Will the color of my shirt improve sun protection? Make my skin safer in the sun? Yes, the color can make a difference. But there is more to skin protection from the sun than the color of your shirt.
Witnessing my children face skin cancer struggles intensified my commitment to break the cycle. For the past four years, I’ve immersed myself in the study of sun blocking clothing, driven by a singular purpose: to put an end to the relentless cycle of skin cancer for my grandkids and generations to come.
Understanding how color can be an important part of sun-smart style enables you to do a better job of choosing colors for effective skin protection.
If your sun blocking wardrobe has a weak spot in it, don’t let that spot be color. The color of a garment can make a difference. Protecting your skin from the sun is not a one-step action.
Where to Start Your Skin Protection from the Sun
In the pursuit of sun safety, we often turn to sunscreen.
Sunglasses and sun hats are also our primary defenses. According to the activity that takes you outside, hats and sunglasses can be the most important.
If you are swimming, and stay in the water, obviously, sunscreen is the go too. The parts of you underwater, the body from the waist down will only get filtered sun.
The parts of you, from the waist up will need more protection. Remember to reapply sunscreen more often. Sun rashers and other swim tops should cover the trunk of your body and arms, plus your neck. These are the places that usually will sunburn.
When the garment is wet, there will be less protection, so sit in the shade while the swim top drys. Then you will again have the safety of sun blocking clothing to help you protect yourself from the sun.
Seems that most people forget to check their skin protection from the sun in normal everyday situations. Working in the yard. Participating in outdoor sports, and commuting to work. In our part of the world, people have lots of outdoor chores with animals.
Remember, when you leave the house you will need sun protection by 10 AM or so. Our sun is in full-out skin damage mode by 10 AM and stays that way until 4 PM. Even in the cooler seasons of the year.
A hat and sunglasses along with the sun blocking long-sleeve shirt will cut your risks of skin cancer.
What Part Does Color Play
Color is one crucial aspect that is frequently overlooked.
The color of our clothing can make a difference, especially if it is normal clothing from our closet.
If the clothing we wear is rated UPF clothing that has been manufactured to block the sun, color plays little part in the protection. Color will affect how cool, or how warm you are in the sun.
In the case of UPF clothing, darker colors will keep you warmer. Lighter colors and white will allow you to be a bit cooler while wearing the garment.
So a white shirt rated UPF 50 will protect your body as well as a navy blue one that is also rated UPF 50. You will need sunscreen on your face if you choose white because of the reflections of the sun’s rays.
The colors you choose play a more important role in helping to shield your skin from the sun’s harmful rays when wearing normal clothing.
Now let’s look at how color and sun protection work.
How Does Color and Sun Protection Work
First, there is knowing how different colors react to sunlight.
Then, knowing about fabric the part of the yarns used in weaving the material.
You can use your existing wardrobe to create a stylish, comfortable, but sun-smart ensemble. This helps you be ready for whatever you are doing when you are exposing your skin to the sun.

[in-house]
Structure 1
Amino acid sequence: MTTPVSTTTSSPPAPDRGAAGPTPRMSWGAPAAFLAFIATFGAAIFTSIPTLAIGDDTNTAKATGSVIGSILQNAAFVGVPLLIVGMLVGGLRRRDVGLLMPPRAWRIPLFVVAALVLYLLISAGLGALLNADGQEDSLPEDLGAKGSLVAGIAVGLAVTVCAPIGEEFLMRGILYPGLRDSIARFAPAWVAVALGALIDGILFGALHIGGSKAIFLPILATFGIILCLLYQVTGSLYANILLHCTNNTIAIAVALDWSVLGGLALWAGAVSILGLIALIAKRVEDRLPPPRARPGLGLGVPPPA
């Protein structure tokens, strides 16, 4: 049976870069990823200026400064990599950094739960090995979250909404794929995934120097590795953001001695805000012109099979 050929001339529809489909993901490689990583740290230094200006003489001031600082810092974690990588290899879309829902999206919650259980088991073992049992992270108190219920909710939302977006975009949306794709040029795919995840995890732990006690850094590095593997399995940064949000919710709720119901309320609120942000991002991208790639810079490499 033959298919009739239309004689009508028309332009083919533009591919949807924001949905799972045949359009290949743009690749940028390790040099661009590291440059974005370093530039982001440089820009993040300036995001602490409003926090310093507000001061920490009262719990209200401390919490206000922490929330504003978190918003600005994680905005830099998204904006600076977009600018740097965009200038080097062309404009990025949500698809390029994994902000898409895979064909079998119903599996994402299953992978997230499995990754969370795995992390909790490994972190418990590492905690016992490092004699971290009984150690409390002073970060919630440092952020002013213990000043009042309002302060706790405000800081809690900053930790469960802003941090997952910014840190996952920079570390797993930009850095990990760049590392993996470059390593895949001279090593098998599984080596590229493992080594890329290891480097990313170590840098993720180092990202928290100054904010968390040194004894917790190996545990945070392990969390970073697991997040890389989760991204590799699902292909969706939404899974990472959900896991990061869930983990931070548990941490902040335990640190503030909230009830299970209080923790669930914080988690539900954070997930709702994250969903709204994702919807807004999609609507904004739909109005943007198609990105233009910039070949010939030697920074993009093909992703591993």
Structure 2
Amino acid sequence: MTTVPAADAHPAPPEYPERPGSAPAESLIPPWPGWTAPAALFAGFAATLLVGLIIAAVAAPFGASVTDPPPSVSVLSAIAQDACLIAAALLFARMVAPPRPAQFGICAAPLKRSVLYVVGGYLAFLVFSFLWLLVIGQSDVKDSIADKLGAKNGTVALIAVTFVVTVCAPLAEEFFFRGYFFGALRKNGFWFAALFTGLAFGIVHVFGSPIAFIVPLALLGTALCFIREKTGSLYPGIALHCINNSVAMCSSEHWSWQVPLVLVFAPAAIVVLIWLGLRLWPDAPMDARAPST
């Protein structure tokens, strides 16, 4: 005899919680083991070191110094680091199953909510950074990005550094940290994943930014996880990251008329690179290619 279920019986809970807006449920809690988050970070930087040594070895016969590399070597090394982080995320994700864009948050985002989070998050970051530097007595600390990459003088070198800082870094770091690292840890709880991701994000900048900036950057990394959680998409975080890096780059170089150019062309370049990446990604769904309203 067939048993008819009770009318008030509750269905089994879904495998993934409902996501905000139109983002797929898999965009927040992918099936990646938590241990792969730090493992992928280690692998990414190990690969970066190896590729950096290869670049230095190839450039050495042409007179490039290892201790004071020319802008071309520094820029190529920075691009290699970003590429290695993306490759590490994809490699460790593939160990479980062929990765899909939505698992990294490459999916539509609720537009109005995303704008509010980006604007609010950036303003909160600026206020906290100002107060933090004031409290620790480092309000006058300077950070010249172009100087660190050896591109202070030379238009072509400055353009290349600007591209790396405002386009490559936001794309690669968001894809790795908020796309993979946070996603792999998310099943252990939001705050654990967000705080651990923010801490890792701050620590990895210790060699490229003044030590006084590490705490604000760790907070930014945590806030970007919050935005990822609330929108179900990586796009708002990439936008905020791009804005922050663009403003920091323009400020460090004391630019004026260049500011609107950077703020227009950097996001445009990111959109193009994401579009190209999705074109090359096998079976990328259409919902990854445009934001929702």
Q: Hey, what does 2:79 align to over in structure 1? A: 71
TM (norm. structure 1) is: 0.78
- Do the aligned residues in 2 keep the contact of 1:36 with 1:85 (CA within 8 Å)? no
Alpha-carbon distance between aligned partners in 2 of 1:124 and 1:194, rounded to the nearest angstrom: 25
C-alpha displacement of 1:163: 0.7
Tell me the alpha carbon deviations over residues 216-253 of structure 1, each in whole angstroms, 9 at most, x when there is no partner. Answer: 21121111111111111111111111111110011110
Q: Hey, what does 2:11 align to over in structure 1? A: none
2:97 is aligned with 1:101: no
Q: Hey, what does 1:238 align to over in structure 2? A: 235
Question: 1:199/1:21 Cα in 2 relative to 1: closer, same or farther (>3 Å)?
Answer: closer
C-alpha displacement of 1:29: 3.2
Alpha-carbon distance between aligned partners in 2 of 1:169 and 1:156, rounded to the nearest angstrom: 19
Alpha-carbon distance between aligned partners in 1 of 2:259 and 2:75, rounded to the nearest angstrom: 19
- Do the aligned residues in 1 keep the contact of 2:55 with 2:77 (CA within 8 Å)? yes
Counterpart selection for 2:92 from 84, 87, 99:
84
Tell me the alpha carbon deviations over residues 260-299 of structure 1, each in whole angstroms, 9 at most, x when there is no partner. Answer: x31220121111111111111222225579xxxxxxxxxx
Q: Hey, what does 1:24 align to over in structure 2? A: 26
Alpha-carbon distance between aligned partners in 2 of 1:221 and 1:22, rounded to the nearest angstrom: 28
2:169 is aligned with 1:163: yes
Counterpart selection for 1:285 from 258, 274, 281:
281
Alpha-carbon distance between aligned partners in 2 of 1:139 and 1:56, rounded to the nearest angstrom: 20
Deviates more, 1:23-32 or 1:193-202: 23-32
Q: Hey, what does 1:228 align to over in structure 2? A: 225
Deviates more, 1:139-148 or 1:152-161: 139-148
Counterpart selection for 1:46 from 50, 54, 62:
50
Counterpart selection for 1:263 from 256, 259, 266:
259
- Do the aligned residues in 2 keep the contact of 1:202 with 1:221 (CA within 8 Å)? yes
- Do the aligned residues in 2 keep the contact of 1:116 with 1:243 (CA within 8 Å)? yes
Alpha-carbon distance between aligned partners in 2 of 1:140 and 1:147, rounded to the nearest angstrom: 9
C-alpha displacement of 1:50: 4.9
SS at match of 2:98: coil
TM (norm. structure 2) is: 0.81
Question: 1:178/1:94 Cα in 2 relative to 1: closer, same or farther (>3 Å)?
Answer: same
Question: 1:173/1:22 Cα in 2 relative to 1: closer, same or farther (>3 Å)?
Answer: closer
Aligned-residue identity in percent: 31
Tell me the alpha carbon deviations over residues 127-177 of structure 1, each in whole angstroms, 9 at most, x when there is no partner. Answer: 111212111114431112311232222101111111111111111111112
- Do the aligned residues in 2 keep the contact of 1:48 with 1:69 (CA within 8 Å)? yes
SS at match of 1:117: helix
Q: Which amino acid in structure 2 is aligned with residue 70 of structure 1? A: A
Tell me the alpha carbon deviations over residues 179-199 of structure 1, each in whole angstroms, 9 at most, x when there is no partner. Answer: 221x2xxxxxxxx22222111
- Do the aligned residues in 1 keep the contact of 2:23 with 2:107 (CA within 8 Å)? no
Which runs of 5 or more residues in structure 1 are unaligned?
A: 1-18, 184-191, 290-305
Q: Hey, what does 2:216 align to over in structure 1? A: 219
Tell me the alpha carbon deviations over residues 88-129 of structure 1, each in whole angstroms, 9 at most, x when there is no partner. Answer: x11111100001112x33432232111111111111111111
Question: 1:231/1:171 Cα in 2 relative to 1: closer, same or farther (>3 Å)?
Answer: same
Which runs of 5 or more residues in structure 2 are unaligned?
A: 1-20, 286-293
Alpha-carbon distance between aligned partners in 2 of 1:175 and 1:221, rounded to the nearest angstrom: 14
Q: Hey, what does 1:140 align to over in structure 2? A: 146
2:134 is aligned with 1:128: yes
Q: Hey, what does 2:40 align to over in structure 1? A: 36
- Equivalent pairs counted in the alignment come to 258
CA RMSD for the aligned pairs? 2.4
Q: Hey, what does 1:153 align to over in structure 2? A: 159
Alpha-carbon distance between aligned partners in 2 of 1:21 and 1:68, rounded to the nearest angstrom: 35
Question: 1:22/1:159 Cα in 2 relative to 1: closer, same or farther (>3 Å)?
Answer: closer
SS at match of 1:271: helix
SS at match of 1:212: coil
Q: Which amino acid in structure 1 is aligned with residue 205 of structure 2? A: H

Sunlight consists of ultraviolet (UV) radiation, comprised of UVA and UVB rays. There are other UV rays, but most are not strong enough to do skin damage unless you are out for an extreme amount of time.
What we must be cautious of is the various skin concerns, including sunburn and premature aging.
What do Dark Colors do
Dark colors because of their maximum absorption of UV rays can be a great choice.
- Dark colors, such as black, navy, and dark brown, do a better job of absorbing UV radiation. This absorption acts as a shield, preventing harmful rays from reaching the skin. When considering your sun-blocking wardrobe, using darker colors provides an effective first line of defense.
For my sun protection, I wear jeans when I am out on the bleachers at a ball game. Yes, this gets hot. So I use an umbrella over my upper legs and knees. This is where the fabric is pulled tight when I sit. The tight fabric is more apt to have some weave holes (where the yarns cross each other) that will allow the sun through.
Last Saturday when I attended my Grandson’s game it was 93* and bright sun. My loose-fitting shirt kept the sun off my body, but my upper thighs and knees were burning. The dark denim was absorbing the UV rays. With the fabric pulled tight because I was sitting, I would have been a sitting duck for the sunburn.
Fortunately adding the umbrella over my lower lap was the extra layer I needed.
I did have my sun blocking hat and sunglasses as well. The next day I am glad to say there was no burning anywhere, and no extra freckles. I did apply sunscreen first thing in the morning like always.
What About Bright Colors
Do you prefer the bright colors? Some will also absorb some of the UV rays from the sun, as well as some will reflect.
While bright colors do absorb some of the UV rays, if your fabric isn’t very tightly woven, there will be a good bit to get through to your skin. Remember those weave holes?
Vibrant and bright colors should be coupled with fabrics incorporating UPF (Ultraviolet Protection Factor) technology.
This combination will offer a stylish alternative without compromising on sun protection. Polyester yarns are often combined with cotton or linen to make a better sun blocking fabric.
These fabrics, manmade or blends improve the garment’s ability to block UV rays. This makes them a valuable addition to a sun-smart wardrobe.
How do you know the fabric used? Check the label of the garment.
Let’s See How Light Colors Work
Light colors work as cooling effects during the warmer times of the year. As the UV in the sun rays is reflected instead of absorbed, the garment is usually cooler to wear.